We called the midwife to let her know that things were getting intense and I was having a good, strong, minute-long rush every 3 minutes. She said she had just gotten home from another birth and was very tired, so I should try to get some rest and to call her when things picked up more. I began feeling more panicked. These contractions were HARD and close and she had said when I got to the magic 3-1-1 (3 minutes apart, lasting a minute, for an hour) she would come. This sudden deviation from the plan sent me whirling.

My husband suggested we go into the bedroom to relax and listen to our hypnobaby CD since the midwife had said to relax and rest. I tried, I did, but it was no use. Every time I would start to relax with the CD a wave would rush over me and nothing I was doing would relax it away. He rubbed my back. I relaxed my muscles and did my breathing exercises, and I listened to the CD.

I don’t know how long I lay there struggling to hypnotize myself but eventually I bolted upright when another strong one hit and yelled, “This is bullshit! This isn’t doing anything. I don’t feel like I’m on a fucking cloud…it HURTS!”  I yelled for Cari, my doula and told her “I don’t know what to do. It hurts, bad and I thought I would know what to do but I don’t. What do I do?”  She said something comforting enough to calm me down, and I began kissing my husband through each rush. It was a wonderful distraction, and it worked for a while. 
We called the midwife and were again told to wait.  This is where the beautiful oxytocin must have really started kicking in, because things get a little fuzzy from here, but I’ll do my best to tell you what I remember. Eventually she said she was on her way, but she sounded very hesitant and annoyed. She said I only had an hour or two until she would be with us. There is a blurry period of a few hours where I was in and out of sleep and pain, waiting for the midwife to come. I remember lying in bed, seeing my doula’s face, and feeling my husband next to me, but the details are lost.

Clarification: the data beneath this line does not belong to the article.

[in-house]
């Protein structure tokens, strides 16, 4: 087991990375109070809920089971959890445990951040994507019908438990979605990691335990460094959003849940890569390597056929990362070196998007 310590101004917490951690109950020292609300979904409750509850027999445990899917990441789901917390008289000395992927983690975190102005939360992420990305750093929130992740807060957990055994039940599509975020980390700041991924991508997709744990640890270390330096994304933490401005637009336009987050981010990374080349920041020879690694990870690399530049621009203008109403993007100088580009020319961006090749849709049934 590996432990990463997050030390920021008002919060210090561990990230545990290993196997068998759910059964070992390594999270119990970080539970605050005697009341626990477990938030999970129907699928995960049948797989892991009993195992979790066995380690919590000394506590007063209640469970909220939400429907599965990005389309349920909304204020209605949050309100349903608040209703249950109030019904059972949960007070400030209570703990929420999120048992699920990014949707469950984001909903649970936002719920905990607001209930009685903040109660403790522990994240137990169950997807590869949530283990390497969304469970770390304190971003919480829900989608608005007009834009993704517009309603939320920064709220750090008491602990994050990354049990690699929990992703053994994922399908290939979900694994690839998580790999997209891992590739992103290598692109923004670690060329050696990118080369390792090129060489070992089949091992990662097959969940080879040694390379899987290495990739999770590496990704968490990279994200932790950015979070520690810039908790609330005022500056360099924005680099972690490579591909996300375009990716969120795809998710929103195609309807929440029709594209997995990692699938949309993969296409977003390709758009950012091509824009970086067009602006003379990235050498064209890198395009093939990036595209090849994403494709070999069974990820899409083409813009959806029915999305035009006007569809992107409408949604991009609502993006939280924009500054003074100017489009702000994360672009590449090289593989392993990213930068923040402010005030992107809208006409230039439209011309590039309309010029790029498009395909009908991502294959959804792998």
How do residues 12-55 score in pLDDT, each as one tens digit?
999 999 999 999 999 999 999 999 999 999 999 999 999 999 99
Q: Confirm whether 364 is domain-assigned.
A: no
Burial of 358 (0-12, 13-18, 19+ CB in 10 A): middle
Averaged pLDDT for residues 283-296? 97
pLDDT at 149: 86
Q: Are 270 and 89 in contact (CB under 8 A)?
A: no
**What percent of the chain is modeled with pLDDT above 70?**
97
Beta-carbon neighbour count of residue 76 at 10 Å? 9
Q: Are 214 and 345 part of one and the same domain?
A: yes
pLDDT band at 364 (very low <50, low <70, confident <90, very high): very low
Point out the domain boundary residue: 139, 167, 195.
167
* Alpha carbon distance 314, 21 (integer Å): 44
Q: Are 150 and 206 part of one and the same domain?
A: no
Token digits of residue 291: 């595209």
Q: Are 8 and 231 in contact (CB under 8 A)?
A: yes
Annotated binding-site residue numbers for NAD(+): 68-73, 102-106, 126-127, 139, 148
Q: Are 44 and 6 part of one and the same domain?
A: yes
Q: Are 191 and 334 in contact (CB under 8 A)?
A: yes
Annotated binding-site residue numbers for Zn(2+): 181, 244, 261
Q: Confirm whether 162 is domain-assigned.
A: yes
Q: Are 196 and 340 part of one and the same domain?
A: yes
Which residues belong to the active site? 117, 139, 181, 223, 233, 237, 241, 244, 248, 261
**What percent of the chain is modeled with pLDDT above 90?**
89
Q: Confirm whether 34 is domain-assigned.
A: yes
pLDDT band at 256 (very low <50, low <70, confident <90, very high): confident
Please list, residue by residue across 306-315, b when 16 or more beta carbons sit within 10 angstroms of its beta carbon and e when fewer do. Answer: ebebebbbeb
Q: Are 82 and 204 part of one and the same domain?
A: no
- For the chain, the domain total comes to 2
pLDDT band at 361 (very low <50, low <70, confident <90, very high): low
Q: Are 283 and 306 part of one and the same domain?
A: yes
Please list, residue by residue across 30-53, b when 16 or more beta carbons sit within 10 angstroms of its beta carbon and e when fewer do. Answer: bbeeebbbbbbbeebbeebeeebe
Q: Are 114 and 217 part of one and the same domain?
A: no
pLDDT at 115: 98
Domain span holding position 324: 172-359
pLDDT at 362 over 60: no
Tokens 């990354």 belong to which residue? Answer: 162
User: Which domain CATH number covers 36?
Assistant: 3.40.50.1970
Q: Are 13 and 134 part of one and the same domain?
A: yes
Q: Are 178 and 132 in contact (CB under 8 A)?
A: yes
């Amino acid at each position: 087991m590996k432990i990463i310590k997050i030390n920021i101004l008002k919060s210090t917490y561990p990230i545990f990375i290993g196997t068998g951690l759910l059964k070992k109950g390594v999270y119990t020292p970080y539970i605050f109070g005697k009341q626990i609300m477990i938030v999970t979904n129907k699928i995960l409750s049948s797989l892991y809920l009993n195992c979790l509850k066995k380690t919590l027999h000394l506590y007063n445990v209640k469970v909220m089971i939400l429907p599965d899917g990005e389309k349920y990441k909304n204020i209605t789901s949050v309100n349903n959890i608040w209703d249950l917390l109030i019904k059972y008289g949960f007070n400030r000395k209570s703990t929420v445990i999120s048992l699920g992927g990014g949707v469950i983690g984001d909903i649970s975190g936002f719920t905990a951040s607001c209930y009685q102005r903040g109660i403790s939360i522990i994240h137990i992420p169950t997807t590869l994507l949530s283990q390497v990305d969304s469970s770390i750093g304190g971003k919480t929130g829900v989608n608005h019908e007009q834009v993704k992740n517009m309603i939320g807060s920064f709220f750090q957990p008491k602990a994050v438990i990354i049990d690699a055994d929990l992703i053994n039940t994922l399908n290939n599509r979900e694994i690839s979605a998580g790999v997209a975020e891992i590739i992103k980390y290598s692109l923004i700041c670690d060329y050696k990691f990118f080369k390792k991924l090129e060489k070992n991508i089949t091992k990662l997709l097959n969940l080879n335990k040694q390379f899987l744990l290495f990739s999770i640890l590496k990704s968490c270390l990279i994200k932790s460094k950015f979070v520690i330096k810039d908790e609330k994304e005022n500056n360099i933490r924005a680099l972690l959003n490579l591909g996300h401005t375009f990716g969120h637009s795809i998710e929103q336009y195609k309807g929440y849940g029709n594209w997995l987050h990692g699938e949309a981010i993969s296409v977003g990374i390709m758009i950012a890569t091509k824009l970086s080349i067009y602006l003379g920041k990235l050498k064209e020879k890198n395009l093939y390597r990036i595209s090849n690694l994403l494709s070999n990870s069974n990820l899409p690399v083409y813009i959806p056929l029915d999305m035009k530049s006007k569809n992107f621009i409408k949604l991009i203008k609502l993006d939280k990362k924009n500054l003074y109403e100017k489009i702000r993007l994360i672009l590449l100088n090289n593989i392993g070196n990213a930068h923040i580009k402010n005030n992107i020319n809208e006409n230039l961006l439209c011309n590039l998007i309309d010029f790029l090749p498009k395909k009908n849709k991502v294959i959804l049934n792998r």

I went into the shower to try to find relief and my wonderful doula got soaked while putting pressure on my lower back. I remember staring at the horrible pink tiles and thinking the lines in them looked like elephants. I may have shared this observation with Cari, I can’t recall. I moaned through some, hit the wall through some, and wiggled, stood, or laid down through others. I remember thinking before I went into labor that if I got into water I would try to keep my hair dry so I wouldn’t look awful in any pictures, but as I watched the drops run down my bangs I honestly could not have cared less.